[18 February 2007]
PopMatters Contributing Editor
Sometimes old British movies can be mistakenly (or over-enthusiastically) labeled “masterpieces” simply because of their pedigree. Fred Zinnenman’s 1966 biography film A Man for All Seasons is an appropriately opulent account of the life of Sir Thomas More (played heartily by Paul Scofield), a Lord Chancellor who dared to not publicly endorse the divorce that Henry VIII (a devilish Robert Shaw) desired of his wife, because of his strong spiritual convictions and his good standing as a leading moral authority throughout the country. More was canonized by the Roman Catholic Church in 1935, and is the patron saint of lawyers and statesmen.
Zinnenman’s lavish re-telling of this historical footnote is the kind of film that used to steamroll over the competition at the Oscars: it won for it’s leading man, Scofield (who beat out Richard Burton’s tour de force in Who’s Afraid of Virginia Woolf?), for Best Picture, Zinnenman (as Best Director), and for Robert Bolt’s adaptation of his own play. Two other wins in technical categories; as well as nominations for supporting actors Shaw and Wendy Hiller (as More’s wife) were among the film’s awards booty, and signaled that the Brits had a strong hold on the historical biography genre; a myth that lasts even to this day.
Exploring morality in politics in the face of life-threatening danger, A Man for All Seasons does have some very timely elements that compliment the dated ones. More was a lawyer, a philosopher, a scholar, and an author as well as devoutly Catholic, which prevented him from giving Henry the “ok” to divorce his deceased brother’s wife, whom he was given special permission by the Pope of the time to marry in the first place. Once his wife failed to produce an heir, the King had no use for her. He sought to marry his mistress, Anne Boleyn (a very young, sort of spastic Vanessa Redgrave). Henry needed all of his royal court to sanction this new whim (so he would not appear to his subjects to be sinning), so when More (one of his closest court advisors) denied him this, the King took it personally.
More’s opinion on matters such as these was of great interest to the British people, for he bridged a gap between the otherworldly realms of the court and the peasantry as an honest, hard-working private citizen. He believed that there was a way for him to be both a public servant, and a servant of God without being a puppet politician or a priest. At the time, this notion was completely revolutionary.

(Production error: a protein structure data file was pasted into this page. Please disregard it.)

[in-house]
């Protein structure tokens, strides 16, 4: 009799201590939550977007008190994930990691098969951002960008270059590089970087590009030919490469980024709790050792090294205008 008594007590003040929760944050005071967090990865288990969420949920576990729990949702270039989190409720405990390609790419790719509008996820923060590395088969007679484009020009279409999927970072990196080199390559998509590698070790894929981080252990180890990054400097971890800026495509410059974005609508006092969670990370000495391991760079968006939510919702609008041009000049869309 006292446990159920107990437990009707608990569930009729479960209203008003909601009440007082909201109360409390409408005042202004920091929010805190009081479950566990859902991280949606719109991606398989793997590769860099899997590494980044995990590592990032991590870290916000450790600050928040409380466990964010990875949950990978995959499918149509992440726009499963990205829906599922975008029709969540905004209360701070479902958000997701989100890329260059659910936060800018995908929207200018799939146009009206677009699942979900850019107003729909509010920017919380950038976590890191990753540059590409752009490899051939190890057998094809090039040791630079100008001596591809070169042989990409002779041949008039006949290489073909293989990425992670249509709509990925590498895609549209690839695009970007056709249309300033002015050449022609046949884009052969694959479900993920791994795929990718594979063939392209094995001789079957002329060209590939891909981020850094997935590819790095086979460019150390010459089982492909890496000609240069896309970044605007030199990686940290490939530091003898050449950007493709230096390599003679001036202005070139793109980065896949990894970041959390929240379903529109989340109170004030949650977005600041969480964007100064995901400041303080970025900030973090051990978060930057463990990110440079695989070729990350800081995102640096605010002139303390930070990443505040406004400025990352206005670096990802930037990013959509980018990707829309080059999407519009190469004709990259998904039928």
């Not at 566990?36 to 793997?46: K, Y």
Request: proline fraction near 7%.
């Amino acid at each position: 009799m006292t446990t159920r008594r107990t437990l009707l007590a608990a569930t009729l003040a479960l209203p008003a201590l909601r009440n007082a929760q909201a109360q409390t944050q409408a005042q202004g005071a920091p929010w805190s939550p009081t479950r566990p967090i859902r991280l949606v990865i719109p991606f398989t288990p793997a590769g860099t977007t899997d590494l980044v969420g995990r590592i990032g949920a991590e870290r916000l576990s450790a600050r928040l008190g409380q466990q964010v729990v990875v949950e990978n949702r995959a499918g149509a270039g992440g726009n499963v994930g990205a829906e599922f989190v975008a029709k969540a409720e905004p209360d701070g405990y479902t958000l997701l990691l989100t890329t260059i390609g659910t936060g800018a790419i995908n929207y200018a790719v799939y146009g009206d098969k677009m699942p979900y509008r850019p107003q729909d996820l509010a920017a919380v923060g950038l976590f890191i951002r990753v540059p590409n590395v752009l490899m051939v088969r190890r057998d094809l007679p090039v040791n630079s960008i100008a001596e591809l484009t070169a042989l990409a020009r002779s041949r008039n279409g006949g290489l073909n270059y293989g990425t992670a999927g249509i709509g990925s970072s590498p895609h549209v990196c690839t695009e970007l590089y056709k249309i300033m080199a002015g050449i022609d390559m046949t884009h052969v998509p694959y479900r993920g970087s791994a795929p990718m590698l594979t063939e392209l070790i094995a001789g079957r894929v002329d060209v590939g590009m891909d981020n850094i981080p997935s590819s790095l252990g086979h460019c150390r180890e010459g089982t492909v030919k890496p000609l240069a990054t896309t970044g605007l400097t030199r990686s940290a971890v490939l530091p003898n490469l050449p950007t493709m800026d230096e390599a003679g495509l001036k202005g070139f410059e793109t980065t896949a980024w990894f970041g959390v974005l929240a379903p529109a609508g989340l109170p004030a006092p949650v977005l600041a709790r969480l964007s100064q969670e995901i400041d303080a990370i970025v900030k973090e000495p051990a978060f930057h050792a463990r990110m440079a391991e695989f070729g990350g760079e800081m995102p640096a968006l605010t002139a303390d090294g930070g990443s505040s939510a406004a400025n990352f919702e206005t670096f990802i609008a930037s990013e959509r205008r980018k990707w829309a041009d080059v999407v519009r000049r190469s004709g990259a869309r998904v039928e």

As most revolutionary men who stand up for principles are very aware of, More knew that having such an unpopular opinion would be met with personal danger. He possessed a religious conviction so strong that he would never break it, not even to save his own life (he was given numerous chances to change his mind, but refused). More was duly sent to the Tower of London to live out whatever few remaining days he had left, and he declared that his immortal soul was more important than lying to protect his King’s royal line. More made perfectly clear that Henry was still someone that he deeply loved and respected, despite his jailing. A true religious martyr, not even More’s proud, dedicated family (nicely played by Hiller and Susannah York) could force him to change his mind about dying for what he believed in.
One of the most original directors of sweeping, exotically-set epics during Hollywood’s earliest years (he was responsible for From Here to Eternity, Julia, and High Noon as well), Zinnenman displays a keen eye for international intrigue, and an innovative perspective for framing scenes. During the final act (set in the Tower), the film’s central characters gather in the prison as More’s execution nears. Shot in inky shadows, only the actors’ expressive faces are illuminated, creating a ghostly, pious effect that compliments the film’s tone.
The detail to historical accuracy throughout the film is painstaking; even if its execution looks a bit dated (some sets look cheap and garish). The old-fashioned (though still enjoyable on a base level) history lesson of a film provides a prime example of why not every single past epic should be considered a “classic”. All of the elements of the “classic epic” are here: smart performances, elaborate sets, gorgeous costumes, and surprisingly modern camera work; still there is something very dated about the way it is presented (even the sparse featurette extra on More’s life seems a bit too stodgy for celebrating such a radical). At the end of the day, A Man for All Seasons is just another overblown, stuffy history lesson without much to offer in the way of cinematic innovation. It’s beautifully safe and painfully accurate.